This is pretty much it right to the tee. Like I logged onto my twitch tonight, and saw that I went from 402 followers to 382. Granted, that is pretty much just followbots probably un-following, but normally that would bother me. Tonight…I was like “eh” :smile:


#10

I wish i could stream, i cant because my internet speed is slower than a wounded turtle. But if i had 24/7 good speed i would stream everytime i play, just for fun and as a hobby.

I am a simple man, i dont need all the high end gadgets and stuff. I would have a Special Friday drunk streaming!!! Hahahaha


#11

Becoming the next big thing is hard, it really is. The reality of it all is that you can’t do much without people, it’s never just about you. I remember I had a list of all the things it I’ve put together that it takes to make things successful, influenced by the people in my life who have become more successful in their endeavors. I wish I could remember where I put the list I’ll do my best to recollect them.

Contacts - At the end of the day it’s all about contacts, people you know and can communicate with. I explained to my best friend as we kicked around the idea of making an open-source music production app that the key to any successful project is contacts. Contacts are like playing cards in life’s poker game. You’ve got your 2’s and 3’s, people who can support you but don’t have a wide reach, you’ve got your 5’s and 6’s, the one’s who will head you in the right direction, give you some footing. Then you’ve got your 9’s and 10’s, the big shots who know their stuff but haven’t hit the limelight quite yet. These people always know a Jack, whether they’ll admit it or not, and… I don’t need to tell you the rest, you get the idea. Once you know a Jack, you don’t go back. But the difficult part is that it’s always a gamble no matter what. You’re always giving something up to get something, and you’re often risking it all to make the play that gets you the chips you need to keep playing and playing. At the end of the day though, cards are cards. Like poker, with a mediocre set of cards, a good bluff, and just the right hand, you can pull off unthinkable things. That said its still always best to have a better deck because you’ll win more times and have countless more hands to fall back on.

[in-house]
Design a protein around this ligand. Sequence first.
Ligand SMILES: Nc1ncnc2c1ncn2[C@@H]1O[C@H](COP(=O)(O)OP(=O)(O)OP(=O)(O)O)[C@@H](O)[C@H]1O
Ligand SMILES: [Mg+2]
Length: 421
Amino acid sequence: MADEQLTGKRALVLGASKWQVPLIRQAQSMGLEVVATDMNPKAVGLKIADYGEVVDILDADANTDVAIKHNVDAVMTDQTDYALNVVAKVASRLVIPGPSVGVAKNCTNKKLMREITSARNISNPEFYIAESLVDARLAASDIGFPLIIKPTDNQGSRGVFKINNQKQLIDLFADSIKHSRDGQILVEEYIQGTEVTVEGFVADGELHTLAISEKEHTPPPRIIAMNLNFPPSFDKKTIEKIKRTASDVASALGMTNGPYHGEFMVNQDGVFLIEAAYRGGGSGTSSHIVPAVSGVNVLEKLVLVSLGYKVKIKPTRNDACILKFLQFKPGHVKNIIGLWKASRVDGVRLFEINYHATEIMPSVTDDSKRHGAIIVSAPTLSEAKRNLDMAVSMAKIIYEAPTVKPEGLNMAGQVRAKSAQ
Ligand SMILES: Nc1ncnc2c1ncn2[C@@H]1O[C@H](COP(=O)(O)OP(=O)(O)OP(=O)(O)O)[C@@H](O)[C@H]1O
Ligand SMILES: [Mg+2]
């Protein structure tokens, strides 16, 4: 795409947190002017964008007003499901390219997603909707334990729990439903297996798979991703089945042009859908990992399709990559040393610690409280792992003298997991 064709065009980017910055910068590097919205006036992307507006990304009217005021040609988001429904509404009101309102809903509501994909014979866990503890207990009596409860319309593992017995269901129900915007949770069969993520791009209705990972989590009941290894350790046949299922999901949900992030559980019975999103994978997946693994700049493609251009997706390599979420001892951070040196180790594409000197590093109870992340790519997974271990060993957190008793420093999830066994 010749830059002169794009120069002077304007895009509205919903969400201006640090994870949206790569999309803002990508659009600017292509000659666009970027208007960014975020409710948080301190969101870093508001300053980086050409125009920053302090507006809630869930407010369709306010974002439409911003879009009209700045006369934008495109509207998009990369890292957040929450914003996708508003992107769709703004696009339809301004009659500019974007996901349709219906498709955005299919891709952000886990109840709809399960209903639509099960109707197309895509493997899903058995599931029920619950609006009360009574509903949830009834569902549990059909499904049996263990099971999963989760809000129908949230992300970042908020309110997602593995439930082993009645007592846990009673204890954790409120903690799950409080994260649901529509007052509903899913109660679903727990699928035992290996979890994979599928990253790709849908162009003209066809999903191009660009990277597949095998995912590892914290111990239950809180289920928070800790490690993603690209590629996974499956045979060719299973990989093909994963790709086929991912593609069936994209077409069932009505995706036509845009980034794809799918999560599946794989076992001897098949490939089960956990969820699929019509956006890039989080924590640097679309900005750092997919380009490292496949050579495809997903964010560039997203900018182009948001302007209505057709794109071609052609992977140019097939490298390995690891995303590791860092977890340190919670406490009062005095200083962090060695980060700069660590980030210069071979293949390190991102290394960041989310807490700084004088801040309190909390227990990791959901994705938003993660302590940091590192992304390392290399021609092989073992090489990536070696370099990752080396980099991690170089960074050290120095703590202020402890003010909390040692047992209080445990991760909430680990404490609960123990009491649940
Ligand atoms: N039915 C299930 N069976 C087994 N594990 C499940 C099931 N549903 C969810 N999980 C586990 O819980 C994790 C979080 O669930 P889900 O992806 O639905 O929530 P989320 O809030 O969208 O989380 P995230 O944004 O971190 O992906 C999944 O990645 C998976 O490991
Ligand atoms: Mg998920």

Mentors - Some will argue this is a product of knowing and making contacts and thus mentors are replaceable. Not true. An 8 for a contact may not nearly be as important to your journey towards personal success as a 2. At the end of the day, the thing that matters most is not how many ladders and bricks you have to build with but how solid your foundation is, because without a solid foundation you can easily crumble. The best mentors are the ones that know you not for your “online persona” but for you. Your greatest mentor could be a jack of all trades or someone who would’ve never thought themselves a mentor to begin with. It’s all about the foundation.

One very big, original idea, multiple tiny ones - Pretty self explanatory. You’ve have one big shot idea that no one would’ve thought to make happen and you fight to protect that very beautiful seed to something much bigger. All the multiple tiny ideas take time to come into fruition, they’re like fruits on a growing tree. You can’t toss them all on the table at once. Many would argue these ideas are what keep you relevant.

Fearlessness - You can’t be successful without taking risks, as before mentioned. But it’s more than taking risks, its busting through doors without hesitation, making those ideas happen without worrying if it’ll work out, and ultimately, a willingness to sacrifice things in real life for the sake of what you want to do.

Integrity - Staying true to everything you promise others and yourself, and every time your fans or friends give to you give back to them in full.